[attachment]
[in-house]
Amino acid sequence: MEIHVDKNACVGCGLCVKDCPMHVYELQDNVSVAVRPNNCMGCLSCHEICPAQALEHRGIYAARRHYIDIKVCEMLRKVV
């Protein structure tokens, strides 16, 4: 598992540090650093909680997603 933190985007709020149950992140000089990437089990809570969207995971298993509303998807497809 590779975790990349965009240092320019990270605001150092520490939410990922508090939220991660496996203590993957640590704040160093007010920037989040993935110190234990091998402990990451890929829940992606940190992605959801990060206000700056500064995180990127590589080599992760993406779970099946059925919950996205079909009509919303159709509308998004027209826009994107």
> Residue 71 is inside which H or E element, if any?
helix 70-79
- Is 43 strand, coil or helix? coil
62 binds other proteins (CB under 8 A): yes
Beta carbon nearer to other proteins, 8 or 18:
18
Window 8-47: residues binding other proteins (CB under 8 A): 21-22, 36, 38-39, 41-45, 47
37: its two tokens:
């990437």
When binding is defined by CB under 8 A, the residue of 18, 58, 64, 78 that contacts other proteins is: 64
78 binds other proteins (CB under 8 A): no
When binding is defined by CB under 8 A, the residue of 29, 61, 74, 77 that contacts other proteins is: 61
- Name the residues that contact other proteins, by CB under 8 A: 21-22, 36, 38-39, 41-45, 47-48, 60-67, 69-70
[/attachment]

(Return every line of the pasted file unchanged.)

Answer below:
[in-house]
Amino acid sequence: MEIHVDKNACVGCGLCVKDCPMHVYELQDNVSVAVRPNNCMGCLSCHEICPAQALEHRGIYAARRHYIDIKVCEMLRKVV
């Protein structure tokens, strides 16, 4: 598992540090650093909680997603 933190985007709020149950992140000089990437089990809570969207995971298993509303998807497809 590779975790990349965009240092320019990270605001150092520490939410990922508090939220991660496996203590993957640590704040160093007010920037989040993935110190234990091998402990990451890929829940992606940190992605959801990060206000700056500064995180990127590589080599992760993406779970099946059925919950996205079909009509919303159709509308998004027209826009994107």
> Residue 71 is inside which H or E element, if any?
helix 70-79
- Is 43 strand, coil or helix? coil
62 binds other proteins (CB under 8 A): yes
Beta carbon nearer to other proteins, 8 or 18:
18
Window 8-47: residues binding other proteins (CB under 8 A): 21-22, 36, 38-39, 41-45, 47
37: its two tokens:
């990437």
When binding is defined by CB under 8 A, the residue of 18, 58, 64, 78 that contacts other proteins is: 64
78 binds other proteins (CB under 8 A): no
When binding is defined by CB under 8 A, the residue of 29, 61, 74, 77 that contacts other proteins is: 61
- Name the residues that contact other proteins, by CB under 8 A: 21-22, 36, 38-39, 41-45, 47-48, 60-67, 69-70